Zombies are everywhere today. We’re going to look back at where it all began and hope to get some grizzly insight into George Romero’s breakout hit NOTLD!
Welcome back my Nasties. Zip up your hazmat suits and grab a shovel because today we’re digging up some ghoulish delights as we dare to question that one riddle puzzling the mind of the most devoted horror nerds — are zombies and the infected the same thing?
As we walk through the mists of dystopian ecstasy let’s pause momentarily where the whole phenomena originally took root. Sure there have been plenty who filmed the notion of the apocalypse, but undoubtedly no one with a camera has ever made the future seem bleaker (and all too close) than our dearly departed George Romero.
Paw Paw Romero invented a new monster when he released the zombie plague upon unsuspecting audiences with Night of the Living Dead. He secured his legacy in horror history with his follow up Dawn of the Dead, which is the favored horror film of many fans.
Nevertheless, NOTLD should never have to play second fiddle to its bigger brothers. The film is an incredible achievement and, to this day, it scares viewers who dare sitting down in a darkened room all alone with only the glow of the TV to guide them through the unsettling gloom.image via Dread Central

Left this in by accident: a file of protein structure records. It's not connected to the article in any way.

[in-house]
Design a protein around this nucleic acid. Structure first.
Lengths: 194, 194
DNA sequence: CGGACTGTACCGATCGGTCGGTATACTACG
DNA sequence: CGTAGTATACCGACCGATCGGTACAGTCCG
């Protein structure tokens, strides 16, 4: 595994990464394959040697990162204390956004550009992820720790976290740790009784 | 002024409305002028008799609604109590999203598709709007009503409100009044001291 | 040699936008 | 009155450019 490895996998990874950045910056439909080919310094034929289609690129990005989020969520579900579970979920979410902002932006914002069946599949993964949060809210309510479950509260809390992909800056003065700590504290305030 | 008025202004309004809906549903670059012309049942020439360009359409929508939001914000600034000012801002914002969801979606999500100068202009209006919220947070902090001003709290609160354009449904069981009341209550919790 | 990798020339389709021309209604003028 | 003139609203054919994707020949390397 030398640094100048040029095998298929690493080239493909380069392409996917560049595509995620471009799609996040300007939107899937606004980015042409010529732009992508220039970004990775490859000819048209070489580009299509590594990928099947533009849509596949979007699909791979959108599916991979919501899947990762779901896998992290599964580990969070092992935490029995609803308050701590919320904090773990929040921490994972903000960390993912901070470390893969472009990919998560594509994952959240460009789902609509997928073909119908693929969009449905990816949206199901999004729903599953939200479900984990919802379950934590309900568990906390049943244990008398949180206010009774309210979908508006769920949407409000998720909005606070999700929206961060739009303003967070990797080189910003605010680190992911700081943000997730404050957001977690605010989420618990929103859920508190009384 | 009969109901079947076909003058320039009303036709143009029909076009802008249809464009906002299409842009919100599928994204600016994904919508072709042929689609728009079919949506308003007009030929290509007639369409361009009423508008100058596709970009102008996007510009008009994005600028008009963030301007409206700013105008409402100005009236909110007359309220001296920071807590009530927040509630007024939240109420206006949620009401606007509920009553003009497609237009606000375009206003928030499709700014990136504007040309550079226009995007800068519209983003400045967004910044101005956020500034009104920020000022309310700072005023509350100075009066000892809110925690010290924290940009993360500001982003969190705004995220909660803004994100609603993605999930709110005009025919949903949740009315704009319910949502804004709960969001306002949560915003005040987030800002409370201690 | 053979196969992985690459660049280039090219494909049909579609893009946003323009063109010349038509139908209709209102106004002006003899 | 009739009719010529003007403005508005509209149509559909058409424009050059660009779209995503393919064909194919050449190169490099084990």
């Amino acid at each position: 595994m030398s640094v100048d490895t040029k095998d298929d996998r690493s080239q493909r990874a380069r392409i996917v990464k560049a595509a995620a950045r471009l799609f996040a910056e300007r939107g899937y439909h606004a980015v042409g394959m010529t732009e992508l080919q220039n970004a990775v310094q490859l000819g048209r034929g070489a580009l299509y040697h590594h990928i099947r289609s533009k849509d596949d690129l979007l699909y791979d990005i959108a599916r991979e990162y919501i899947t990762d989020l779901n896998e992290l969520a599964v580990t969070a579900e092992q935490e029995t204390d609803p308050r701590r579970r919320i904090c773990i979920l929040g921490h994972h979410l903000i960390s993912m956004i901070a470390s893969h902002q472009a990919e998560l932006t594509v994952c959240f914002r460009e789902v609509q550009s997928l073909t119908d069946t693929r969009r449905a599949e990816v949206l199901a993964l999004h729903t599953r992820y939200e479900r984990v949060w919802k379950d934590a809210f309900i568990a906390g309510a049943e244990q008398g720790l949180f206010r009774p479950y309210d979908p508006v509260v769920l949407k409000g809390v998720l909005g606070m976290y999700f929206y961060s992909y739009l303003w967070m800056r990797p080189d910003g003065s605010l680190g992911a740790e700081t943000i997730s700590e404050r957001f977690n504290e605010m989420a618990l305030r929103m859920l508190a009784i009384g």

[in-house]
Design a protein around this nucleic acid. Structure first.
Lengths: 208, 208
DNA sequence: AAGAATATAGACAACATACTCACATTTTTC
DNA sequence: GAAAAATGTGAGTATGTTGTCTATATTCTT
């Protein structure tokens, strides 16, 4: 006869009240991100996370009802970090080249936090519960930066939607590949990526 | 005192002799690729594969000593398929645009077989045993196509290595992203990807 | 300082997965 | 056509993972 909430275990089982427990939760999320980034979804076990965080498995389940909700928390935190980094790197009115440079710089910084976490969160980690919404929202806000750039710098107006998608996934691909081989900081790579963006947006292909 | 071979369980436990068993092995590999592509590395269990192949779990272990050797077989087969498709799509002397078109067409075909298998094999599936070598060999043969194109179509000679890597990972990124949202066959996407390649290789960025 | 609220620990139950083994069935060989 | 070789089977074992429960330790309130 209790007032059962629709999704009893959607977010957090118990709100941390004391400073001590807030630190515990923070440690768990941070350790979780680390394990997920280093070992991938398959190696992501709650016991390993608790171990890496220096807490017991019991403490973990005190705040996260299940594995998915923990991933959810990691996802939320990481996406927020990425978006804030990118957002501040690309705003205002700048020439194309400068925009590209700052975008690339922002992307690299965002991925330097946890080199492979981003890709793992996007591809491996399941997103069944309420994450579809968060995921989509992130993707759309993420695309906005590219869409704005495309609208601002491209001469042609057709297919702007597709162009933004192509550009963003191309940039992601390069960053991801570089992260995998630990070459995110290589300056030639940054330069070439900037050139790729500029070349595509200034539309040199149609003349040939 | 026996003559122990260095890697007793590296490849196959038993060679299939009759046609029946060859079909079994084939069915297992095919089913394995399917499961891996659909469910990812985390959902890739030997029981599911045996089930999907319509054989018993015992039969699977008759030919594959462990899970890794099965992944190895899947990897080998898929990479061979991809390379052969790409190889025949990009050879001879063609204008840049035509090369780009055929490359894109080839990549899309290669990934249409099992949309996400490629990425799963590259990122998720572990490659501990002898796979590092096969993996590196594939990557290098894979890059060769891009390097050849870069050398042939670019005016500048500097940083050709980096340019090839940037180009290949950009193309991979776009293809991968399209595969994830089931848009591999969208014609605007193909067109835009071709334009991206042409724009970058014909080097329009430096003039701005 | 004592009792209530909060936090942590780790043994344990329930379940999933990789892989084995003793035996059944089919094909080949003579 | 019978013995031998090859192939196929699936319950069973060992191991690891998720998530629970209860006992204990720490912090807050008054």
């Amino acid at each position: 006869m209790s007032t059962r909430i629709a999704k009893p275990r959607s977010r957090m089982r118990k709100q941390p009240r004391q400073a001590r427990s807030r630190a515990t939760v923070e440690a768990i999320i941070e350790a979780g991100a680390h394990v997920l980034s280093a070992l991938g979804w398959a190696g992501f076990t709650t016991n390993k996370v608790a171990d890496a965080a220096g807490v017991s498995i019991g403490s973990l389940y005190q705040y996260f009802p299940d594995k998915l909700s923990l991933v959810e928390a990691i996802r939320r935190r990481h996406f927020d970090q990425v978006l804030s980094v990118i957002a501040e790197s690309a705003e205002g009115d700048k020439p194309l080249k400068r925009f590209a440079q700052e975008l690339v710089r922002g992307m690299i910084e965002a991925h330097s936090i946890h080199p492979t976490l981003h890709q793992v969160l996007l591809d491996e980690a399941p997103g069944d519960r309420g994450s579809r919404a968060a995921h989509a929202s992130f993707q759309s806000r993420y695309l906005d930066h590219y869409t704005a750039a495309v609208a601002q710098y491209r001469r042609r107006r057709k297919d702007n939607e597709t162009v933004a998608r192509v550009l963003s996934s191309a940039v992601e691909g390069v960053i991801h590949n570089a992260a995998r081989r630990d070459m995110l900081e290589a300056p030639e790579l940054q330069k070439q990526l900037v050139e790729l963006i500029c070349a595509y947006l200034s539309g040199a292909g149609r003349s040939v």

It’s interesting that in the Criterion release of NOTLD, Oscar-winning director Guillermo Del Toro compares Romero’s first foray into horror as a dream. That strikes a chord with me personally. You see back when I was a kid, I vividly remember sneaking out of my room one night, creeping down the hallway with all the disciplined silence of Bruce Wayne, and peeking my little Manic nose around the corner to the living room to spy on what horror movie I knew my folks were watching. I wasn’t ready for what I saw!
People, ghoulish and ferocious men and women, were setting about a sloppy feast of flesh and organs, wait I must make it clear –HUMAN flesh and HUMAN organs. The movie was in fact Night of the Living Dead, and I was kinda scarred. My five-year-old psyche was seared with those images. I didn’t know that kind of thing happened, not even in movies!image via Bloody Disgusting, courtesy of the Criterion Collection
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I then had the worst nightmare of my life. I was trapped in our house, all alone, and climbing up the hill was a legion of the living dead, all sharing one common thought – to eat me alive. I was trapped. I hid in the furthest room back, which was the bathroom, the worst possible place to hide in any horror scenario. I could hear the undying things groaning as they shuffled down the hall, then one pale and rotting hand appeared on the threshold, and then its face followed. That’s when I woke up sick and terrified.
Thanks to that, I was scared of zombies until I was nineteen. Yup, the only monster to ever scare me, Manic Exorcism, was the zombie. And that’s thanks to Romero’s movie.
Del Toro also compares NOTLD to old fairy tales and fables hiding deeper moral lessons in their simple prose. And who can deny the inherent horror of those old cautionary tales that warn children not to go into the woods alone and always obey their parents? So for a modern age and with a simple independent company Romero wove together a new cautionary tale about the dead who refuse to die, and inadvertently released a brand new genre upon the world. One of plagues, disaster and apocalyptic realities.
It has gone on to spawn sequels, remakes, video games and even a comic book run. It’s been proven that Romero’s vision will never die.